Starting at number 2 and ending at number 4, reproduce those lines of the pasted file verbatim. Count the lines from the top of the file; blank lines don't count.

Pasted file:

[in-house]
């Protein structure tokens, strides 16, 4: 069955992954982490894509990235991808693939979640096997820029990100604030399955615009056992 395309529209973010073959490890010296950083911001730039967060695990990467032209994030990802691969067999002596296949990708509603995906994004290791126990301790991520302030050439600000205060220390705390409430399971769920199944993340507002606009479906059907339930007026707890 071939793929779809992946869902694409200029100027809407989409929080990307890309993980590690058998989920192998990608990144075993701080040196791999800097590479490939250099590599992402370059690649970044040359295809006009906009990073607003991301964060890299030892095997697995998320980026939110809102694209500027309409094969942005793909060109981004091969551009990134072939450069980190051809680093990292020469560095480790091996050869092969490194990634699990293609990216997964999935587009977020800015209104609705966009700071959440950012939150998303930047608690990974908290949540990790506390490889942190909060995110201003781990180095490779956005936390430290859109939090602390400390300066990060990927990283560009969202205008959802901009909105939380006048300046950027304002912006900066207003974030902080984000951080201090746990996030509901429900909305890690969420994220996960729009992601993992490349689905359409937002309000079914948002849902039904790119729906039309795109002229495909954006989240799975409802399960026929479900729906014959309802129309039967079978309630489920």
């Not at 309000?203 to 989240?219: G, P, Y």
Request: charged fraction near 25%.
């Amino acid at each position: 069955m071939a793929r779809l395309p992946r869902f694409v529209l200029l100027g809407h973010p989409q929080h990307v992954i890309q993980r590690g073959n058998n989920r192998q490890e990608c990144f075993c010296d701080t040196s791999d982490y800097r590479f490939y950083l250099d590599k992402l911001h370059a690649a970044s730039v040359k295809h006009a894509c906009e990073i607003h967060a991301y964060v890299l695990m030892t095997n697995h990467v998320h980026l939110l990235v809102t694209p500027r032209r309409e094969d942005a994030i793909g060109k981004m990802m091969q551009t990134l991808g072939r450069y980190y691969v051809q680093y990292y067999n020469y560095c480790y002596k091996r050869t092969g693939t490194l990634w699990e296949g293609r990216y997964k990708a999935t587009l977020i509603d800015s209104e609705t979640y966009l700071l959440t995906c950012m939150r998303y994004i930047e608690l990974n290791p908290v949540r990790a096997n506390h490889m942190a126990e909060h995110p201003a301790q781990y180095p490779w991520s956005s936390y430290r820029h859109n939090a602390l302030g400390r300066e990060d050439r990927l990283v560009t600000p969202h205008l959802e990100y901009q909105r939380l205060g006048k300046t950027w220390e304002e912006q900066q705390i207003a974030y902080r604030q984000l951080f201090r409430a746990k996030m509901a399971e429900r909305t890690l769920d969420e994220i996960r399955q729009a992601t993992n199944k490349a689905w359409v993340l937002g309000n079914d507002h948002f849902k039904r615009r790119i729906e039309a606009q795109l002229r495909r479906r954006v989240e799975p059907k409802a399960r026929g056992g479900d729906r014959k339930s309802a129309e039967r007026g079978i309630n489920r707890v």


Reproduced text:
């Protein structure tokens, strides 16, 4: 069955992954982490894509990235991808693939979640096997820029990100604030399955615009056992 395309529209973010073959490890010296950083911001730039967060695990990467032209994030990802691969067999002596296949990708509603995906994004290791126990301790991520302030050439600000205060220390705390409430399971769920199944993340507002606009479906059907339930007026707890 071939793929779809992946869902694409200029100027809407989409929080990307890309993980590690058998989920192998990608990144075993701080040196791999800097590479490939250099590599992402370059690649970044040359295809006009906009990073607003991301964060890299030892095997697995998320980026939110809102694209500027309409094969942005793909060109981004091969551009990134072939450069980190051809680093990292020469560095480790091996050869092969490194990634699990293609990216997964999935587009977020800015209104609705966009700071959440950012939150998303930047608690990974908290949540990790506390490889942190909060995110201003781990180095490779956005936390430290859109939090602390400390300066990060990927990283560009969202205008959802901009909105939380006048300046950027304002912006900066207003974030902080984000951080201090746990996030509901429900909305890690969420994220996960729009992601993992490349689905359409937002309000079914948002849902039904790119729906039309795109002229495909954006989240799975409802399960026929479900729906014959309802129309039967079978309630489920």
């Not at 309000?203 to 989240?219: G, P, Y």
Request: charged fraction near 25%.